By Ayanna Alexander, Contributing Writer
Posted 01:15 AM EST, Wed., March 15, 2017
Under Armour CEO Kevin Plank stirred a bit of controversy earlier last month with his comments about President Trump being a “real asset to this country.”
Noticeably silent, was the Howard University Athletics Department, which a few found interesting since Under Armour is a new partner.
About President Trump, Plank said, “To have such a pro-business president is something that is a real asset to this country.”
However, two weeks later, Plank released a full-page open letter in the Baltimore Sun, clarifying his comments, and simply backtracking.
The clarification read, “In a business interview last week, I answered a question with a choice of words that did not accurately reflect my [Plank] intent.”
Because President Trump has said disparaging things about Blacks, women, Hispanics, and immigrants, who all make up the Howard community, some felt Howard should have spoken on the situation.
In a random poll of 150 students, 90 of them felt that the athletics department should have addressed it the issue. 15 were indifferent and 45 believed it wasn’t that big of a deal.
Junior and redshirt pitcher of the women’s softball team, Mackenzi Steele was one of the 45.
“I think everyone is entitled to their own opinion and his opinions have no bearing on me,” Steele said. “If he feels that way, then he feels that way. He is very much allowed to voice his opinion and not receive backlash for it.”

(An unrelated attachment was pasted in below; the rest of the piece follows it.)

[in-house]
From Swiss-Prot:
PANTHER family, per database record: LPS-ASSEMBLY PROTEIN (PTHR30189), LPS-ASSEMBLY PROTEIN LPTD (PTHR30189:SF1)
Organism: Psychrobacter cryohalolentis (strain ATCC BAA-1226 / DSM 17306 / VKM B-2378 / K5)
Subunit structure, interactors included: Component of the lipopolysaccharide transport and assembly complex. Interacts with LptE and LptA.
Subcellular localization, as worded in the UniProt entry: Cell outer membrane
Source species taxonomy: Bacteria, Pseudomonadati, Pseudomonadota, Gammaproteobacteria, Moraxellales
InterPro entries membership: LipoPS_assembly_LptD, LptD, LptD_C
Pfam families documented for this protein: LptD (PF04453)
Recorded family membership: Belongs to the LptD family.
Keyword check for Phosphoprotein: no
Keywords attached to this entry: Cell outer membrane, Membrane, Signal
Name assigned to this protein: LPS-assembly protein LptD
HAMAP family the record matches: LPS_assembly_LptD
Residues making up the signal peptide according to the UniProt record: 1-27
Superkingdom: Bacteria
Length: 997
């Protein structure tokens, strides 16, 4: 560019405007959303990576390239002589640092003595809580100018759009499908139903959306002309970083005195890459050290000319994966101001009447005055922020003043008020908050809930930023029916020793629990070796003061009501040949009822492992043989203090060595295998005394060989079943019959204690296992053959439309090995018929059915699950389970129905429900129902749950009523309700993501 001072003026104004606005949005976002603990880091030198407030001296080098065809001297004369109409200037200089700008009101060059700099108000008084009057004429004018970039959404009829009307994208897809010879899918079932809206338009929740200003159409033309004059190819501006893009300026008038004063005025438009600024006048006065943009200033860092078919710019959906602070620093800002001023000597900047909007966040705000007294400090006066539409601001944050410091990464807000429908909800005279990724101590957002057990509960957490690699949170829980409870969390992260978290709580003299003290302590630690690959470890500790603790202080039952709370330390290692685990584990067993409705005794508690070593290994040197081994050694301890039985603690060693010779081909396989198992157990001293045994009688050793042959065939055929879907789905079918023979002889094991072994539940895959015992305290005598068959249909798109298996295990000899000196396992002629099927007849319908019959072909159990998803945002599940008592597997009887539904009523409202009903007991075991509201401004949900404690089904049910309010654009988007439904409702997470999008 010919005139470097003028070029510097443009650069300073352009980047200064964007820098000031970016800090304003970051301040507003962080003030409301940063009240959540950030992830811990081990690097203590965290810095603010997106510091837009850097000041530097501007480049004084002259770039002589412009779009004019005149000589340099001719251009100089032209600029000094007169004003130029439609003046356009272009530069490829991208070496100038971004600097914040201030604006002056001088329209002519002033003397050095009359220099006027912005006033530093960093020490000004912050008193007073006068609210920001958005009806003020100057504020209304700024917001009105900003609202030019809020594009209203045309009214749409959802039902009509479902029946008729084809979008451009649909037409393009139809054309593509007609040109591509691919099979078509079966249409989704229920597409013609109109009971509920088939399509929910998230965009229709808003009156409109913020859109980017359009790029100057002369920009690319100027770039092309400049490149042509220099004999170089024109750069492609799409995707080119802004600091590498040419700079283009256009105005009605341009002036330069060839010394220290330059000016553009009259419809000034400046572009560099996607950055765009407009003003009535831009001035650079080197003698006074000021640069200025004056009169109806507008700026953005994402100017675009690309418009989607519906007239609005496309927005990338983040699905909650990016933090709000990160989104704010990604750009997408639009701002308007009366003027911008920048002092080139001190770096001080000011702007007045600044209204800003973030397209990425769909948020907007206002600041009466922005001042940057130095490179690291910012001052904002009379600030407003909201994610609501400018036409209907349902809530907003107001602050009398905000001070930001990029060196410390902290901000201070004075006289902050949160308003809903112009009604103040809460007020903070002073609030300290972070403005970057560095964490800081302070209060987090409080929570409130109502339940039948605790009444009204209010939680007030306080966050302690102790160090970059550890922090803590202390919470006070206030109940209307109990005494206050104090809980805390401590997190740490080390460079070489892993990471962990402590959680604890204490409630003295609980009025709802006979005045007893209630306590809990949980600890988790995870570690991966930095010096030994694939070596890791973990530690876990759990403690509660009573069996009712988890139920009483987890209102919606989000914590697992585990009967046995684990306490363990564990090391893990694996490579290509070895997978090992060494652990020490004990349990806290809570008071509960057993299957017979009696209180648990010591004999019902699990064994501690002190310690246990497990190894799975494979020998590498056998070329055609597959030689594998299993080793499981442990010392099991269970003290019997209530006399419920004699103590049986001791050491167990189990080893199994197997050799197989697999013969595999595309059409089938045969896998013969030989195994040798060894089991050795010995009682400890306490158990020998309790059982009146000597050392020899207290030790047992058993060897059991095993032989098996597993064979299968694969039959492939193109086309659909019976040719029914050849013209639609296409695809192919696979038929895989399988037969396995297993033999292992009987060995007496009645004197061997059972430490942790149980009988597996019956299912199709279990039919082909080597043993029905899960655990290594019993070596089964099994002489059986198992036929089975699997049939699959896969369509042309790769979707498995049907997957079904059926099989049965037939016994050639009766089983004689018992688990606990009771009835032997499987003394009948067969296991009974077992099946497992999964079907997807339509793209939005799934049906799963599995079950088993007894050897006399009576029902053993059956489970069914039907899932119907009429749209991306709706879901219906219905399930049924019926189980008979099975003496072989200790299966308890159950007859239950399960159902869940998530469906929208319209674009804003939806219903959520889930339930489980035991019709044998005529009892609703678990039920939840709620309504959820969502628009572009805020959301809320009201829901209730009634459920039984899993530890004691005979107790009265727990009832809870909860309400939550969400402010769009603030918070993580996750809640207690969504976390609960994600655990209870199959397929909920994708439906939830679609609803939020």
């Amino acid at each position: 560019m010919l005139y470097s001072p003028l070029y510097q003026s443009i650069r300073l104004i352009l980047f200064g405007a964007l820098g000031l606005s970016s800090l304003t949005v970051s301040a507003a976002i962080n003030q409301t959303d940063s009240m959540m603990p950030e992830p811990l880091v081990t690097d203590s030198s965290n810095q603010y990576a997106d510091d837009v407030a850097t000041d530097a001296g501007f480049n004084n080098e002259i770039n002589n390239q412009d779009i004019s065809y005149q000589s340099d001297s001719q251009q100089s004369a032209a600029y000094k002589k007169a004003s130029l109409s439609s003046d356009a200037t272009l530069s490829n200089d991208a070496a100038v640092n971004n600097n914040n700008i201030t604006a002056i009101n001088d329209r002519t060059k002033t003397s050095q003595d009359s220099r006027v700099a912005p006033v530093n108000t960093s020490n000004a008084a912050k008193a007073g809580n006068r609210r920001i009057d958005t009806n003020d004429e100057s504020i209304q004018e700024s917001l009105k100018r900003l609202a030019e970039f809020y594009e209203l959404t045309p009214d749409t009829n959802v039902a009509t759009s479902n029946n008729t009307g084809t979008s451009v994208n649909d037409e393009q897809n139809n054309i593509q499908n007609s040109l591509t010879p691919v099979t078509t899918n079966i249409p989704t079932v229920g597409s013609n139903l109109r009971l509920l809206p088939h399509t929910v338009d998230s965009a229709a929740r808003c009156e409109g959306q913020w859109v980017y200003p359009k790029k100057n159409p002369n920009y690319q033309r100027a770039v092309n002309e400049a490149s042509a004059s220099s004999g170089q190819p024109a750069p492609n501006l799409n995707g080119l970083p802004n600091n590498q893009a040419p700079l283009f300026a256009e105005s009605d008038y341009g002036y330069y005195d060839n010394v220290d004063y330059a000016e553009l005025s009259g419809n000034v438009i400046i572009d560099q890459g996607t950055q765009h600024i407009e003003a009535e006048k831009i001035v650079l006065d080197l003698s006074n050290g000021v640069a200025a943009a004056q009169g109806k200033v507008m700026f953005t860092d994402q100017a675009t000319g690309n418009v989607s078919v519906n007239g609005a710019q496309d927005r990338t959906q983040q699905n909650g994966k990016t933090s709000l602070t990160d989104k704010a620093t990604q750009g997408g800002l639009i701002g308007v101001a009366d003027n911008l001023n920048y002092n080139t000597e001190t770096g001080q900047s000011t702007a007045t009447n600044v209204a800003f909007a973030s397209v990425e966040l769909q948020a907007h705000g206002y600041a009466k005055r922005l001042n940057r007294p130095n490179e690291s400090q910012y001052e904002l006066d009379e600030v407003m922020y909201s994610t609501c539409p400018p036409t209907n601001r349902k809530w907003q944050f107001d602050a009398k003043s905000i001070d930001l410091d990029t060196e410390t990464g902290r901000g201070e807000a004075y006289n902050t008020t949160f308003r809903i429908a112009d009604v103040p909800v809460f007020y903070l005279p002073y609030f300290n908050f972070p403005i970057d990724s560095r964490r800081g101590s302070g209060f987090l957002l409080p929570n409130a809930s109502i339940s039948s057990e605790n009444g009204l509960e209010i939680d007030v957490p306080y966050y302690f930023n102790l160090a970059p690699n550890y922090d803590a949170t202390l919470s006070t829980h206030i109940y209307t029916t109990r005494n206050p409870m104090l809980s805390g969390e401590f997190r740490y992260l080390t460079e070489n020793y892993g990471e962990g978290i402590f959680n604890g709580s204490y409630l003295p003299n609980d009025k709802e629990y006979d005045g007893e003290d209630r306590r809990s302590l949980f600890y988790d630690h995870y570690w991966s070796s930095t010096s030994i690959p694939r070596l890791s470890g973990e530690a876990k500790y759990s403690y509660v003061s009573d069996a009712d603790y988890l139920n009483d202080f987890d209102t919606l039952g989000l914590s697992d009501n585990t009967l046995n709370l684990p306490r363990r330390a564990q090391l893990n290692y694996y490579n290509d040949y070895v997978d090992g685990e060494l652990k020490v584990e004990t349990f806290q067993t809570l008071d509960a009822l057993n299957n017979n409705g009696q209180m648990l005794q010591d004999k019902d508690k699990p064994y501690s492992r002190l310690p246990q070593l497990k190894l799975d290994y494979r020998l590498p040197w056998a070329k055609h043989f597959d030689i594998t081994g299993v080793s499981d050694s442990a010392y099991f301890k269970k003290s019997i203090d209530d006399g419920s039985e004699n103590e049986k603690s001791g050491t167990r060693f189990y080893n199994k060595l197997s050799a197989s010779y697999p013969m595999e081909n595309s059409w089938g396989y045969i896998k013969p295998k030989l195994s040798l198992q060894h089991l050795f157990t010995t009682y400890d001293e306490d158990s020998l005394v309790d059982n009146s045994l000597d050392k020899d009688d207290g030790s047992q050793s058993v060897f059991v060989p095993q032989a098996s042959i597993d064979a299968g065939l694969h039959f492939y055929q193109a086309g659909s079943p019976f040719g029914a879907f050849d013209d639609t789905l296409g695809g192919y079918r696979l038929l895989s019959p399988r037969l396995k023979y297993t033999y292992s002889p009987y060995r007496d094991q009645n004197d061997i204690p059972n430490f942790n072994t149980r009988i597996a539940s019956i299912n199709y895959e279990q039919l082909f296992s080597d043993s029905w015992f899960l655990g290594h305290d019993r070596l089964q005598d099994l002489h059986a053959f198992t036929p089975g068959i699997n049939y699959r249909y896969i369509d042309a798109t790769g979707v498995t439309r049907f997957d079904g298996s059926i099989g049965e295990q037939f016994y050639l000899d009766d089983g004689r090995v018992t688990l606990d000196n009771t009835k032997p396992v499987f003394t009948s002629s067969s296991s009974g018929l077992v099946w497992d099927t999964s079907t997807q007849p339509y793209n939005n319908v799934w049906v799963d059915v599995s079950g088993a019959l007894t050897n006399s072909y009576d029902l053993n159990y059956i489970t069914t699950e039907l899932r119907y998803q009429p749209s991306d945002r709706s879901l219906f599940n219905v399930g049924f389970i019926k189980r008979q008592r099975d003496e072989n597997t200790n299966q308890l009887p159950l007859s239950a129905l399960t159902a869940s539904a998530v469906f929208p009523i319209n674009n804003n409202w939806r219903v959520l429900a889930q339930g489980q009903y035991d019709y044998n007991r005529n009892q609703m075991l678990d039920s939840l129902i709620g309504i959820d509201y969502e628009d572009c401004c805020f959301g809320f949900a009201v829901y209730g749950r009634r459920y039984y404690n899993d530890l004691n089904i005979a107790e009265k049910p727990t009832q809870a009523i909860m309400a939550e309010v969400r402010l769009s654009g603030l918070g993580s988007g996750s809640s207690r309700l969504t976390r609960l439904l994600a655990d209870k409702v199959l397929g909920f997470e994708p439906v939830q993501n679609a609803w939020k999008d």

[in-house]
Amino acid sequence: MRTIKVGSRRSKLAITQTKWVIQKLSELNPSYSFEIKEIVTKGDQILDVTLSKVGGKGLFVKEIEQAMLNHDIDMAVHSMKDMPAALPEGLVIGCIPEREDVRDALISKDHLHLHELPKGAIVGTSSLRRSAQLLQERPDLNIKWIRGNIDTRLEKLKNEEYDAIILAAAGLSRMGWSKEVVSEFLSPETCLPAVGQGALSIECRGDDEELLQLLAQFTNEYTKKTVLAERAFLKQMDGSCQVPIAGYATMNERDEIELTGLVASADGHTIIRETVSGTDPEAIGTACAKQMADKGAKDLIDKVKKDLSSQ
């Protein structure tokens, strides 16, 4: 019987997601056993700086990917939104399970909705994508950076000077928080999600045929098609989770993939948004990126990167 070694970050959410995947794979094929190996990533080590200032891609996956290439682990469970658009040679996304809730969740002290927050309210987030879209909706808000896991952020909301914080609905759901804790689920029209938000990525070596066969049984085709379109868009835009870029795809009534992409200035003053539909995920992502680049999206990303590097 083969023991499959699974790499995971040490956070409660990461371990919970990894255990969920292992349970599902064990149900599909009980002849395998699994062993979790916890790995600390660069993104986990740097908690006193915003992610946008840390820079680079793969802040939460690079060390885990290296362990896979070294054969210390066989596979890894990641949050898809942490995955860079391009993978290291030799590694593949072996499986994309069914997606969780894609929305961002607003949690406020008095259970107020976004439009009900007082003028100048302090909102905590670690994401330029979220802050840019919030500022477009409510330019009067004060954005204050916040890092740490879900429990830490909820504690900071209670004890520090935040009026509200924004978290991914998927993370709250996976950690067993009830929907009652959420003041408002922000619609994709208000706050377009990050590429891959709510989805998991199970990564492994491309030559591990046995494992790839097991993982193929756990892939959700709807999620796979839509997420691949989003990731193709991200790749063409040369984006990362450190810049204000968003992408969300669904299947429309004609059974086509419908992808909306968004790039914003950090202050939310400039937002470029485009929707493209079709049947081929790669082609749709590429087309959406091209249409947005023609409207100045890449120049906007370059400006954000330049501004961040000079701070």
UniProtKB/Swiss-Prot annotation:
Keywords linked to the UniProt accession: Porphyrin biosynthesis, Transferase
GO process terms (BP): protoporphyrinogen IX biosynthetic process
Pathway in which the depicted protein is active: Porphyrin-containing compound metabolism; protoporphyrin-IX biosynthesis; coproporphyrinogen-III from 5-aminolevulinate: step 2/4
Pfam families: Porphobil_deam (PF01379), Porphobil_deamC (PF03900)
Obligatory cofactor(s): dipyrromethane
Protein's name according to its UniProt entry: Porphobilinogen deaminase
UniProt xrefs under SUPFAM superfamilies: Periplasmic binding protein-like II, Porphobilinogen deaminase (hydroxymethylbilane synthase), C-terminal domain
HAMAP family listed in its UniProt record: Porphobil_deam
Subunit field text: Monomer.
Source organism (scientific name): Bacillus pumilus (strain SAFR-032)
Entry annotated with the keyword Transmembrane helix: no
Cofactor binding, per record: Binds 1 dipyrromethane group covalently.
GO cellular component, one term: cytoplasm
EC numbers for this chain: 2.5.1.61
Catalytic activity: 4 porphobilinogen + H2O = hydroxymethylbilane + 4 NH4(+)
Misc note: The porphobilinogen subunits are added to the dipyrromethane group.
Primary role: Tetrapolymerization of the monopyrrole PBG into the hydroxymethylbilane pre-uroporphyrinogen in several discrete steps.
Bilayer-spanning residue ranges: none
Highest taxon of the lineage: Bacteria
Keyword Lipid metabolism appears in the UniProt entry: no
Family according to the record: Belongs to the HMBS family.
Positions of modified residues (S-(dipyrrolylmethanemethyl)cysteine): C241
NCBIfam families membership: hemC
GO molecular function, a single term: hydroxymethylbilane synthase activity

Howard alumnus and sports columnist for The Washington Times, Deron Snyder, shared that sentiment.
“I think this Under Armour controversy—to me—sounds like a made up controversy,” he said. “Plank said something controversial, but then he came back and said something else, so I don’t see why that makes it a controversy for the university’s deal with Under Armour.”
As for the 90 students who felt the University and athletics department should have addressed the then situation, they wanted to remain anonymous. However, when asked what made them skeptical of Under Armour after Plank’s comments, 60 percent said it added to Howard’s “transparency issues.”
While Snyder didn’t agree that Plank’s comments were worth a response, he did say that this isn’t the first time Howard’s administration and student body clashed over transparency.
“In terms of overall transparency, I would say this: Even before the 45th president took office, students and administrations have routinely had issues of contention,” said Snyder. “When I was a student, I was involved in a protest when we took over the A [Administration] Building and these things seem to happen somewhat regularly.”
Because of the quick turnaround, many students were not aware of the “controversy.” In fact, out of the students polled, only five were updated on the situation and all five of them said it wasn’t important enough to be addressed.
“I think part of it is that the students’ worldview is not always the same when they get older,” Snyder continued. “For instance, when I was a student, I had one worldview. Now that I’m older, my view has evolved somewhat and I can understand where the administration is coming from.”
“This is not to say that the administration is always right, but back to transparency, I would need to know exactly what the University is hiding in the students’ opinions.”
Hopefully, the 90 students, and those who share their views on Howard’s lack of transparency, will start to see some sort of positive change.
As far as Under Armour is concerned, the brand definitely felt the heat. However, Howard University student-athletes still sport the apparel and appear to be unbothered.
Steele is one of those athletes.
“Like I said before, it is this man’s single opinion,” she said. “He is the CEO of Under Armour, but he is still a human being, and an American, who has every right to say how he feels. So, I love Under Armour and their products.”
When asked for a response in regards to the comments from Under Armour’s CEO, the Howard University Athletics Department could not be reached for comment.